Assistant practitioners

Nurse and scanner

09 / 4 / 2015 Midnight

Developing the role of the assistant practitioner can help employers ensure they have the right flexible mix of skills to meet complex patient needs, freeing up registered practitioners to deliver what they have been uniquely trained for. 

What is an assistant practitioner?

An assistant practitioner is a non-occupational specific role that has been developed to assist organisations to deliver high quality and patient centred services in a variety of settings.

How can you use assistant practitioners to meet patient needs?

The role can support employers in areas of skill shortages or where there are recruitment difficulties and can provide a career pathway for more junior members of staff or as a route to registered professional roles. The Skills for Health Core standards for assistant practitioners defines the role as follows:

 “An assistant practitioner is a worker who competently delivers health and social care to and for people. They have a required level of knowledge and skill beyond that of the traditional healthcare assistant or support worker. The assistant practitioner would be able to deliver elements of health and social care and undertake clinical work in domains that have previously only been within the remit of registered professionals. The assistant practitioner may transcend professional boundaries. They are accountable to themselves, their employer, and, more importantly, the people they serve.”

When developing an assistant practitioner role, it is important to ensure focus remains on why the role is required, the role relationship with others in the immediate and multi-disciplinary team and what the intended outcomes are. There should be clarity around duties and responsibilities of the role, impact on the wider team and consideration should also be given to governance policies, procedures and guidelines.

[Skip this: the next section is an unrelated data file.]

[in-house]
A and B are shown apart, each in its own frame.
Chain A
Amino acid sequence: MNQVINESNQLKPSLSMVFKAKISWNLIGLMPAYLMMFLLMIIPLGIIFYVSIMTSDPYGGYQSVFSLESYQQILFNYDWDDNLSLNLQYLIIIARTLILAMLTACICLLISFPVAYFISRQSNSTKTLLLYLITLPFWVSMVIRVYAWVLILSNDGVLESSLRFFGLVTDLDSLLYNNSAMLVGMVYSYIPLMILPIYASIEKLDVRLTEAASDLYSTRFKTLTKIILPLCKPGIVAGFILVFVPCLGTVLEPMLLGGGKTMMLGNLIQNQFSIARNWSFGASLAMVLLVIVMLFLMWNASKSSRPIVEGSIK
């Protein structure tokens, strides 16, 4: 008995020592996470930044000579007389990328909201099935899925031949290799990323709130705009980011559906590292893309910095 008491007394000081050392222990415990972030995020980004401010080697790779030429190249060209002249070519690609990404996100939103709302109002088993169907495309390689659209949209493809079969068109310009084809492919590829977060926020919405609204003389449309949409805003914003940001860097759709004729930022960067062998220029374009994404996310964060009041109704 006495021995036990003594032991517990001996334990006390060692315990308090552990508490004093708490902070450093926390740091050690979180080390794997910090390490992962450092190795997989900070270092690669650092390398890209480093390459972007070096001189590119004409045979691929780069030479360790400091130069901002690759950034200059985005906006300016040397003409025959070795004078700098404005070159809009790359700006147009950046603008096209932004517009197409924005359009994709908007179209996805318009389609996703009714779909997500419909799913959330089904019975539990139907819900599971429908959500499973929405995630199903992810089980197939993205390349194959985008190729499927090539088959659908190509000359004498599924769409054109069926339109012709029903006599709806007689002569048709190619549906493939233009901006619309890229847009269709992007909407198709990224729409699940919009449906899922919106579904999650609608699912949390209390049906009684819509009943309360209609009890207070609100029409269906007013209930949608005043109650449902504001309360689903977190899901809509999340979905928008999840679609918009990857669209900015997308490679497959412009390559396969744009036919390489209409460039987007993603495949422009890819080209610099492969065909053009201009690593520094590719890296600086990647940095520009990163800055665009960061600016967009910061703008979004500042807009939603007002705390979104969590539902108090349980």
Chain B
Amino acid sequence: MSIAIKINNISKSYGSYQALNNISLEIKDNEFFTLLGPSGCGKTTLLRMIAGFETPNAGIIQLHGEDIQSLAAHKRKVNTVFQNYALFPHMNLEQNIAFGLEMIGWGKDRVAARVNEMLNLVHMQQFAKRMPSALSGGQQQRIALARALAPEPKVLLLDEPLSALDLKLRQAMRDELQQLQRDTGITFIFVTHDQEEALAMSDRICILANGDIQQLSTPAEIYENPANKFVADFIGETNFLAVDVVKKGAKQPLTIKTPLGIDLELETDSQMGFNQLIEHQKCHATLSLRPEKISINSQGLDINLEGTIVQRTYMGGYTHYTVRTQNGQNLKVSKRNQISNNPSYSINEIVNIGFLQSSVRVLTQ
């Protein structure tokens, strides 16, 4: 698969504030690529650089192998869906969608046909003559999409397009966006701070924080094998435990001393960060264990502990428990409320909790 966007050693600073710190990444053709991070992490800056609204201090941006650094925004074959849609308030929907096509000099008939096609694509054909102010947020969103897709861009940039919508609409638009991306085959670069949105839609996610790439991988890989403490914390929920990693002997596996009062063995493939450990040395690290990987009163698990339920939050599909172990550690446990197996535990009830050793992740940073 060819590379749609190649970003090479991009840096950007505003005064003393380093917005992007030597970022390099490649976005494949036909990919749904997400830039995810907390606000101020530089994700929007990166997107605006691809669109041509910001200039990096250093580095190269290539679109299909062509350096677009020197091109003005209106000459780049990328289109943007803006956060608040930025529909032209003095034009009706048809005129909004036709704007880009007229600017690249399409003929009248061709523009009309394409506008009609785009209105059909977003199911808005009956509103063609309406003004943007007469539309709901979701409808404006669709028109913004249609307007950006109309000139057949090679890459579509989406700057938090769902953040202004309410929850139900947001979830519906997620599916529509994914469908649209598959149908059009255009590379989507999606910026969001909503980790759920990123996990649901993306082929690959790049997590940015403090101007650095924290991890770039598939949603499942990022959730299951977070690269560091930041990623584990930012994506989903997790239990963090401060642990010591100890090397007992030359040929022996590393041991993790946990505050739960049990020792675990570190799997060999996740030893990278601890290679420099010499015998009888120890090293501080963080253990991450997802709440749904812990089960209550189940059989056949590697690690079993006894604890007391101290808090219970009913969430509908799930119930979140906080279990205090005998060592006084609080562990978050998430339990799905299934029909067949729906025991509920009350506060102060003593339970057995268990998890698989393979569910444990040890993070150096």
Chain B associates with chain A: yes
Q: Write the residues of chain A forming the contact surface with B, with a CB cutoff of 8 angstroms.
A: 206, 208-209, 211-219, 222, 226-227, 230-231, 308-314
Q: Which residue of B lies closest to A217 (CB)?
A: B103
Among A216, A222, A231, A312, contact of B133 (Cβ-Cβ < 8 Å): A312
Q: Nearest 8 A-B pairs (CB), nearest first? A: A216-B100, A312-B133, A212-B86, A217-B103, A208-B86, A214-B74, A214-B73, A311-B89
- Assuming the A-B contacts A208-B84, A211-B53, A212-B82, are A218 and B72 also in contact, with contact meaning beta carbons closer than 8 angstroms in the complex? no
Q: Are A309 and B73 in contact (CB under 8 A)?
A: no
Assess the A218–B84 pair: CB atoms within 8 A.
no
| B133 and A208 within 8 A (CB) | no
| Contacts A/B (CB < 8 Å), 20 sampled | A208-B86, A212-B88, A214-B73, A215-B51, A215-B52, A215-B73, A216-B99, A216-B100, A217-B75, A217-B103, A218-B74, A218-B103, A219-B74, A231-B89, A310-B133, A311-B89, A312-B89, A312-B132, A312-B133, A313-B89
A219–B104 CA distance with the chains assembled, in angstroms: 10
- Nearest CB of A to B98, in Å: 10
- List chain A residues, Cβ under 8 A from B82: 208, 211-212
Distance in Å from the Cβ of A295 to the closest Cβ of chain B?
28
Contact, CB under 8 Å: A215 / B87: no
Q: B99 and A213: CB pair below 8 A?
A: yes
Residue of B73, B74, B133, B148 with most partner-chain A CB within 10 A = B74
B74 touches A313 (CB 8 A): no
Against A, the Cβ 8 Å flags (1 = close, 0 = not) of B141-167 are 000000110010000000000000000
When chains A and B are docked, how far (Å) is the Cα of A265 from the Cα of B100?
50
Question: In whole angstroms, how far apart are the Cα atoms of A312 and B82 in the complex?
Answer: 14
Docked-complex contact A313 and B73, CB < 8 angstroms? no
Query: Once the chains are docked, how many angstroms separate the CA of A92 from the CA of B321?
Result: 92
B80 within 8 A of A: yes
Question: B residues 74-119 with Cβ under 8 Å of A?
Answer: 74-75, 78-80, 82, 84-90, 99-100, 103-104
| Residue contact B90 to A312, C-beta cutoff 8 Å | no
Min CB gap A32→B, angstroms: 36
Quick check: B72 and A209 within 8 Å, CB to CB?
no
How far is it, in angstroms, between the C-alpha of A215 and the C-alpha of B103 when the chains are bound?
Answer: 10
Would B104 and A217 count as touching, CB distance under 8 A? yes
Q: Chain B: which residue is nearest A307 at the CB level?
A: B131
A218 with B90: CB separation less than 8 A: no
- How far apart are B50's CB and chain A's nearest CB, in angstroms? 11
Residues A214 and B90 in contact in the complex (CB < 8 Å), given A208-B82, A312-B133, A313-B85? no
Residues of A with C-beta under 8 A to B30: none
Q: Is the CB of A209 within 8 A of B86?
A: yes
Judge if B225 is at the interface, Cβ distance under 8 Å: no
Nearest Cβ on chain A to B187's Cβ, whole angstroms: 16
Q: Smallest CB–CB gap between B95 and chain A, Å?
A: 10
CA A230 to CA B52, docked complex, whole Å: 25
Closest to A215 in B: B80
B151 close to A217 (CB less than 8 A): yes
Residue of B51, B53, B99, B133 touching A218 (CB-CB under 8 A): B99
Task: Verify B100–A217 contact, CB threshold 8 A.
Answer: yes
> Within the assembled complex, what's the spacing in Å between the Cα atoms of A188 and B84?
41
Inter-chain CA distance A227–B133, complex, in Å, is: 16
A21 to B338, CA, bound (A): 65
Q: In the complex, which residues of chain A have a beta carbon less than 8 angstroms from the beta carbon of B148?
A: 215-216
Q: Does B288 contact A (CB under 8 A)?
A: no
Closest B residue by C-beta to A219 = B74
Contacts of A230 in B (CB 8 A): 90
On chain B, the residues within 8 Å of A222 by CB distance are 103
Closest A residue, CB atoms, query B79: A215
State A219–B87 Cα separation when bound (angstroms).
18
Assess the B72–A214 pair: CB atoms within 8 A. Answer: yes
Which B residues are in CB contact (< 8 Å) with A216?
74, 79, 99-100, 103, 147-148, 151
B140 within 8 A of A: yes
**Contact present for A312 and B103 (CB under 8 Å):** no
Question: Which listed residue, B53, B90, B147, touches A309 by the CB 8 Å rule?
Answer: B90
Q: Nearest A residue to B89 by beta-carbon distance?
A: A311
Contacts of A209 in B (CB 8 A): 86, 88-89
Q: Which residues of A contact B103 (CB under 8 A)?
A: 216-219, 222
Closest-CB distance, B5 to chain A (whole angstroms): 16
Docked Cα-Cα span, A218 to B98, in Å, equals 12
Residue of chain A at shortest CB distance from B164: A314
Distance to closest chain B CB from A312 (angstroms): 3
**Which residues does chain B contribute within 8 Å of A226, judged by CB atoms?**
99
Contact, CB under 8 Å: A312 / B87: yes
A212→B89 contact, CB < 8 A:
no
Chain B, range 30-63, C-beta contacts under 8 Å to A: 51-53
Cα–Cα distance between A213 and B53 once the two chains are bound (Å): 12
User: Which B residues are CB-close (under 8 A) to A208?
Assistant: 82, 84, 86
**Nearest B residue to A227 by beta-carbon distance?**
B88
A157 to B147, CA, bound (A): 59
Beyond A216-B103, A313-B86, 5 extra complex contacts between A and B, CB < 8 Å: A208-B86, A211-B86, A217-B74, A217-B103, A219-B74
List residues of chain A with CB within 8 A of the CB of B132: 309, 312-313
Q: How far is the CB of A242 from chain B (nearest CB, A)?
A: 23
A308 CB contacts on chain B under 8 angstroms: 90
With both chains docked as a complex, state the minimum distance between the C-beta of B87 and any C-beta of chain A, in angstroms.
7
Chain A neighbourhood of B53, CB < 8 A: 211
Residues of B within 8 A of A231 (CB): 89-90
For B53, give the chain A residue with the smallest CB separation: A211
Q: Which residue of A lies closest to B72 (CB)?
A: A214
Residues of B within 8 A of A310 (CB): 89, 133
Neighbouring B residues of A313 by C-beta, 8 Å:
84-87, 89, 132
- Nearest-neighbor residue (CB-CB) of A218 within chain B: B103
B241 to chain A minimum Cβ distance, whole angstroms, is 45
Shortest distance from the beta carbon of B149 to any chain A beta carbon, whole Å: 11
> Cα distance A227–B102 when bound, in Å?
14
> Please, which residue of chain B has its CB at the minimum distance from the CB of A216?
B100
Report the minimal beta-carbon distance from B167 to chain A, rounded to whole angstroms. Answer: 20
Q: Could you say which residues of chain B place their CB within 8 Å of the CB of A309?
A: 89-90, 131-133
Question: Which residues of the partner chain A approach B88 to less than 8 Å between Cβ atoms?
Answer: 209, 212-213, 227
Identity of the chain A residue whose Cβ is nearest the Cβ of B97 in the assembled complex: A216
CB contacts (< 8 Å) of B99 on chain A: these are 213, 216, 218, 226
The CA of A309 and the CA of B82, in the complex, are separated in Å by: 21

The resources below will help employers when developing an assistant practitioner role within their organisation.


Skills for Health has published Core standards for assistant practitioners. They were developed to standardise the role and promote consistency and transferability. They comprise six high level standards and can be used as a basis for constructing and defining an assistant practitioner role.

Some trusts use these standards, as well as the recently released (2013) Skills for Health Code of Conduct and National Minimum Training Standards for healthcare support workers, to build robust and effective job descriptions, inductions and development plans for their assistant practitioners.

NHS Careers provides helpful details about the kind of roles Assistant Practitioners can undertake in NHS settings.

In 2013, Skills for Health also published a Higher Level Apprenticeship Framework for the assistant practitioner role.  This work-based programme was designed and developed with employers to contribute to better productivity, retention and a qualified workforce who are supported in the application of their learning directly into the workplace.  Employers have endorsed the apprenticeship programme as it provides broad based training in core competence and knowledge which is transferable between employers and clinical settings through the completion of qualifications based on National Occupational Standards. The framework has both a Qualifications and Credit Framework (QCF) route and Foundation Degree route to achieving occupational competence. Employers and Apprentices can choose the qualification that best suits their needs.

Assistant practitioners in practice

We have produced several case studies telling the stories of organisations that have successfully developed assistant practitioner roles:

  • 5 Boroughs Partnership NHS Foundation Trust has supported the development of assistant practitioners in its universal child services.
  • Calderdale and Huddersfield NHS Foundation Trust created a local framework to develop the role of assistant practitioner. The framework addressed cultural change, educational requirements and governance arrangements for the new roles. Working with the University of Bradford they formed two new qualifications alongside accredited work based learning.
  • North Bristol NHS Trust developed workforce plans to support the role of assistant practitioners and improve the patient experience as part of the QIPP agenda.
  • Leeds Teaching Hospitals NHS Trust introduced assistant practitioners in part to support the career pathway of staff. Find out how they implemented the role, including sample job descriptions.
  • South Staffordshire and Shropshire Healthcare NHS Foundation Trust has created a career and development framework for support staff, including the introduction of an inpatient assistant practitioner role.


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